Small and imperfectly formed, this Sandringham dwelling, clad in weatherboard, was typical of its era. The floor-plan was essentially a square with a central hallway that divided the living quarters from the bedroom zone. The homeowners, a couple with their first baby on the way, had a simple request. They wanted to make the spaces more functional.
Working within the compact footprint, and to a tight budget, a no-nonsense strategy was called for. The essence was commonplace: removing walls to allow an open-plan room incorporating kitchen, dining and living that are more in line with today’s expectations. Bi-fold joinery was installed to make the outdoors more accessible and bring in the light, and a new kitchen became the fulcrum around which the rest of the plan revolved.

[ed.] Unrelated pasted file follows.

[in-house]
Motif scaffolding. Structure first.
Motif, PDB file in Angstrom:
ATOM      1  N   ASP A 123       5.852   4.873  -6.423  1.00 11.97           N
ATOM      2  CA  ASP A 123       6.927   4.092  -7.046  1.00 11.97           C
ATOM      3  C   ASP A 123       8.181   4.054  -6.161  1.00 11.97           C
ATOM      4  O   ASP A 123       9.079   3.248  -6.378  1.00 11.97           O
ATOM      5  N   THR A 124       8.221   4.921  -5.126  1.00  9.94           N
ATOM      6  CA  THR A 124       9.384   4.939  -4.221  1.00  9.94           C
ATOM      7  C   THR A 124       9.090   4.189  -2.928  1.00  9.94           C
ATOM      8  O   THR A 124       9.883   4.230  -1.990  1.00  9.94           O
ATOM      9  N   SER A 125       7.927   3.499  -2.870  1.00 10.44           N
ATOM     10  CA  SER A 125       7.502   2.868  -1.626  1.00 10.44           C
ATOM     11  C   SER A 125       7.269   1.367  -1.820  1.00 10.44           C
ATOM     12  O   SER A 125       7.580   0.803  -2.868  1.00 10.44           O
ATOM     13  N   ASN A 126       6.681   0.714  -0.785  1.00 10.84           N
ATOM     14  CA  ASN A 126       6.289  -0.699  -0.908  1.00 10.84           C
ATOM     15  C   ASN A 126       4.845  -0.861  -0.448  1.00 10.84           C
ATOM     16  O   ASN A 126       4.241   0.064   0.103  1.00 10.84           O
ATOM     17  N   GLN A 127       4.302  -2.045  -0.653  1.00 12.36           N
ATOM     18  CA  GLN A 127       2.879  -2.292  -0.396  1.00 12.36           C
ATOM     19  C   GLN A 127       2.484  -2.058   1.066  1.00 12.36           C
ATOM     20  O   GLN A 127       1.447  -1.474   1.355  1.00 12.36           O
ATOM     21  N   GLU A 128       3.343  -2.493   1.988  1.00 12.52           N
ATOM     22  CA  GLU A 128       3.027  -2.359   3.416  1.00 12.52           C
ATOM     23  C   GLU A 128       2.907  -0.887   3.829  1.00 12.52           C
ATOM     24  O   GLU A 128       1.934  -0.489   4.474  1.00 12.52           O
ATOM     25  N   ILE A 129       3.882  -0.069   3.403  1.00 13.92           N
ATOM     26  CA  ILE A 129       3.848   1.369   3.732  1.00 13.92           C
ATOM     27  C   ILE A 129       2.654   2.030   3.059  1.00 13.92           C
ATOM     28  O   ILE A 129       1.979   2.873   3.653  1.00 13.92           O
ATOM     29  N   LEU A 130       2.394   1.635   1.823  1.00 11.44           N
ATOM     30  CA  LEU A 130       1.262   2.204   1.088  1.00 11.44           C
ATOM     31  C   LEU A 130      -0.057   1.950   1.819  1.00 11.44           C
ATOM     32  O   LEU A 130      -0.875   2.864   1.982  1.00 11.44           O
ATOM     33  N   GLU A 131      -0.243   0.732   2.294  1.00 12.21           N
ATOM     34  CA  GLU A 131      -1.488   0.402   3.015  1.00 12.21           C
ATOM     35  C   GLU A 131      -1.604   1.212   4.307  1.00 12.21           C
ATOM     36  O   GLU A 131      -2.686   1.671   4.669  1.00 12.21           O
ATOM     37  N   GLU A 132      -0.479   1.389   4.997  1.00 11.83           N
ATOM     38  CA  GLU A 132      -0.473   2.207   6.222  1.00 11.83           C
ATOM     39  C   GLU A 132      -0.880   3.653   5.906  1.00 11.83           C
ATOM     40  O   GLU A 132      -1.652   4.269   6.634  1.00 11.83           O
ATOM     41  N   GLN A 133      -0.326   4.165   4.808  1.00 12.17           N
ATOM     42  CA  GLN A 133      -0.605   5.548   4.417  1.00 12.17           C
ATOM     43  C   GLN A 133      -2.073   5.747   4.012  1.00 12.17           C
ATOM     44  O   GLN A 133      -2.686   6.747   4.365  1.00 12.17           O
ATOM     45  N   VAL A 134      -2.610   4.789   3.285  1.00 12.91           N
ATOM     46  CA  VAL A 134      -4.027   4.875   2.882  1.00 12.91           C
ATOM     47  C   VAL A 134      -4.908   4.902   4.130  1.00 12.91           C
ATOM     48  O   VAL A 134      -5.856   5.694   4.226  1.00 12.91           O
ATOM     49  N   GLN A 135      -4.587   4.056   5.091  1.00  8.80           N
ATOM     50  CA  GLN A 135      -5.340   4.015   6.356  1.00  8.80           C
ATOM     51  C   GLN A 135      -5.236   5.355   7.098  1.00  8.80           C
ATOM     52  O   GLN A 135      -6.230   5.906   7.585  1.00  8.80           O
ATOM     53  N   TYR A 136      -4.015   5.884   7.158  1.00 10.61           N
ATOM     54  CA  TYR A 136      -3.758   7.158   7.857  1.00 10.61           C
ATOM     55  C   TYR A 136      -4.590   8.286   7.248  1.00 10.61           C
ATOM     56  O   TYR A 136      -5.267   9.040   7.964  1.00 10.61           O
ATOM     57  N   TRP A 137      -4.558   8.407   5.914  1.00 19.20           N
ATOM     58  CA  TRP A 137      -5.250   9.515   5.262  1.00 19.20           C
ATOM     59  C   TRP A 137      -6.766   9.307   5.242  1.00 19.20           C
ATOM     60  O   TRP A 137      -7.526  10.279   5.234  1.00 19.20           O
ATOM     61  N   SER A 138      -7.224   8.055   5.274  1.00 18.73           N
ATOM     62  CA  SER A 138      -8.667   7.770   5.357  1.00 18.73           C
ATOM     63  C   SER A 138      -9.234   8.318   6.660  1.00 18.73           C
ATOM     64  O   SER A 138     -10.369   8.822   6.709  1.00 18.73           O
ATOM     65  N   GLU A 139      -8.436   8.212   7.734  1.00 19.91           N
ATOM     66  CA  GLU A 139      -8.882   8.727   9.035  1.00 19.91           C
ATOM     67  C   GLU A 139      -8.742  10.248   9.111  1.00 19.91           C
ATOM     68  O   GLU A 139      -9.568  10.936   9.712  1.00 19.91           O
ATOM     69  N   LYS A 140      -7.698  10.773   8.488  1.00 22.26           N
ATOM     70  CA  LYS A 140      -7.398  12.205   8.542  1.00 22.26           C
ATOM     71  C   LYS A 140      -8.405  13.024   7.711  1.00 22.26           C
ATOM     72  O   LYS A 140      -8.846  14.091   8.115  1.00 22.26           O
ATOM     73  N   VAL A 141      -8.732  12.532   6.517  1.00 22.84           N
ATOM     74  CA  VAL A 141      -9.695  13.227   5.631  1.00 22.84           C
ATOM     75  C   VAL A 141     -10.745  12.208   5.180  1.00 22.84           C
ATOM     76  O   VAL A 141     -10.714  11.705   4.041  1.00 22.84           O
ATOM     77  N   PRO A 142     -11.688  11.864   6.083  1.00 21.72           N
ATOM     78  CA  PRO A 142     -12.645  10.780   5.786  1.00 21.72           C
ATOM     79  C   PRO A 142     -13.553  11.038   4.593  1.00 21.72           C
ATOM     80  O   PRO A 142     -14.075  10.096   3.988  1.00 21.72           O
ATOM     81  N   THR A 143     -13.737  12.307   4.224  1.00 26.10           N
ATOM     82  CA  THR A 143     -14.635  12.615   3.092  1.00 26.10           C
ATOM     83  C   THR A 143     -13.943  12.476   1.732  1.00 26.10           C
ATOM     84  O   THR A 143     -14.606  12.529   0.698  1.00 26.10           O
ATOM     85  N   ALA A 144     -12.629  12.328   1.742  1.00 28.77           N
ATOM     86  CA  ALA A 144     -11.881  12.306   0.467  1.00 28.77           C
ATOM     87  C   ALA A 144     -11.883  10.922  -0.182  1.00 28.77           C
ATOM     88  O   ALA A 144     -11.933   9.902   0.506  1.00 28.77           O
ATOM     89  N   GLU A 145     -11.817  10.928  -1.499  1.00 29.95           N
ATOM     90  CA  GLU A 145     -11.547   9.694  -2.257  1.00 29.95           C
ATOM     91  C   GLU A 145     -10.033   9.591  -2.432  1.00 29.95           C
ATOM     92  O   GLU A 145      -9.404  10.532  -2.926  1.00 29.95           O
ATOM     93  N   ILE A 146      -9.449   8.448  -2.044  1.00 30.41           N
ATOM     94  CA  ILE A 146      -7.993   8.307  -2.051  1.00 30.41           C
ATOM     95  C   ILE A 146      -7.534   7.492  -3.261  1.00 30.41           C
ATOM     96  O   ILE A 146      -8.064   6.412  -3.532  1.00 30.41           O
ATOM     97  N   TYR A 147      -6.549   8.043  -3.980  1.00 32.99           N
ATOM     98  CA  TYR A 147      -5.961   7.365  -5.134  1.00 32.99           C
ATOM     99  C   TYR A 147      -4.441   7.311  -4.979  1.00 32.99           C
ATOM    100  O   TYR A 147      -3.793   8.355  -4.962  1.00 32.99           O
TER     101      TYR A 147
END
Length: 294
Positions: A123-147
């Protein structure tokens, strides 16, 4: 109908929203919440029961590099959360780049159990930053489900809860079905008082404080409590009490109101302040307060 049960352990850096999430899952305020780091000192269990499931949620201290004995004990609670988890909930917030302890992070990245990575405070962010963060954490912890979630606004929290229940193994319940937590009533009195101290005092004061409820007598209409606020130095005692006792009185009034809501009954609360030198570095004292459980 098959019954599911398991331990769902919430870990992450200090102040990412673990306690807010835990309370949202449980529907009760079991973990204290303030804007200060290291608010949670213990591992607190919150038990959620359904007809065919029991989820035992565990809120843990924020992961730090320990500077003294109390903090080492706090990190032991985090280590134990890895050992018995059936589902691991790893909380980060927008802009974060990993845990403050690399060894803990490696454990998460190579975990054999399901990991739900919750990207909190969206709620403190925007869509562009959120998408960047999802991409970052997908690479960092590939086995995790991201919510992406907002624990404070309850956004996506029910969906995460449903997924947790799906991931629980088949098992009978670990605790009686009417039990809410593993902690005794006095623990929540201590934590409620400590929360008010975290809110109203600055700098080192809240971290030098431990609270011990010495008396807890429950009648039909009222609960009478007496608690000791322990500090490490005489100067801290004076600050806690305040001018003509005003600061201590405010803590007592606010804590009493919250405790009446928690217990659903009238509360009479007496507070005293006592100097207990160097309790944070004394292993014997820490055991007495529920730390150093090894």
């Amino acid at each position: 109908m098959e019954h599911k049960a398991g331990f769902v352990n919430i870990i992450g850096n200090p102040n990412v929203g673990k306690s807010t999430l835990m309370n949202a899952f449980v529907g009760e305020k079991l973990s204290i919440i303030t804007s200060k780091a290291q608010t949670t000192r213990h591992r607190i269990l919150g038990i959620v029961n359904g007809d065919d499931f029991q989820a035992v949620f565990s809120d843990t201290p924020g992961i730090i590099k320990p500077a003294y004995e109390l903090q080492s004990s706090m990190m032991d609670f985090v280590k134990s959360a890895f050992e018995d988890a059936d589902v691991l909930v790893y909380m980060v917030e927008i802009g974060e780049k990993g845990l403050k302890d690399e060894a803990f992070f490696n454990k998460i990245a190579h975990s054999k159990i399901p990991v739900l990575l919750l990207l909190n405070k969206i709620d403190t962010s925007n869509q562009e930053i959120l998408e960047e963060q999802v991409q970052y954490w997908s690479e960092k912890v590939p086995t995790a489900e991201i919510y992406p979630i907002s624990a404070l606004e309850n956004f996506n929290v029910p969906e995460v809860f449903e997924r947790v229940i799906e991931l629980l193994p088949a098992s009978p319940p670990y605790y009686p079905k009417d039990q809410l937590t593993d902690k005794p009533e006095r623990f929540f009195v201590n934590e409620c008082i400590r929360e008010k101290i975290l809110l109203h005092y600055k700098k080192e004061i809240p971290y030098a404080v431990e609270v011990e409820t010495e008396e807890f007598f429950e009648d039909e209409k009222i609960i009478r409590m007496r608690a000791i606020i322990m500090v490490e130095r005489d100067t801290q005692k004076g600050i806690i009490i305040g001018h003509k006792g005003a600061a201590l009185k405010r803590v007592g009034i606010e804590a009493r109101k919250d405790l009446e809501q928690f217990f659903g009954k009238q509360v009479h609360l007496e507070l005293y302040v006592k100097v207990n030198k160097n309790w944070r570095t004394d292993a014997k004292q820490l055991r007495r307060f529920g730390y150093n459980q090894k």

While the concept is simple, the delight is in the detail - small moments that make a big difference. In the kitchen, a two-tone palette of oak veneer and contemporary white lends a sense of spaciousness. Storage incorporated on both sides of the island bench does double duty and sleek, handle-less cabinetry that reaches right to the ceiling has both presence and purpose.
Reusing the existing floorboards meant a cost saving and kept the integrity of the home’s character while a sliding door with opaque glass doesn’t encroach on the space but allows privacy and quiet in a home office that comes complete with a built-in desk and shelving.
Off the master bedroom, a modest extension allowed room for a master en suite, accessed via the walk-in wardrobe. White tiles reflect the less-is-best scheme throughout the house, but the deep timber window sill simultaneously acts as a shelf and the seamlessly integrated frame of a bathroom cabinet.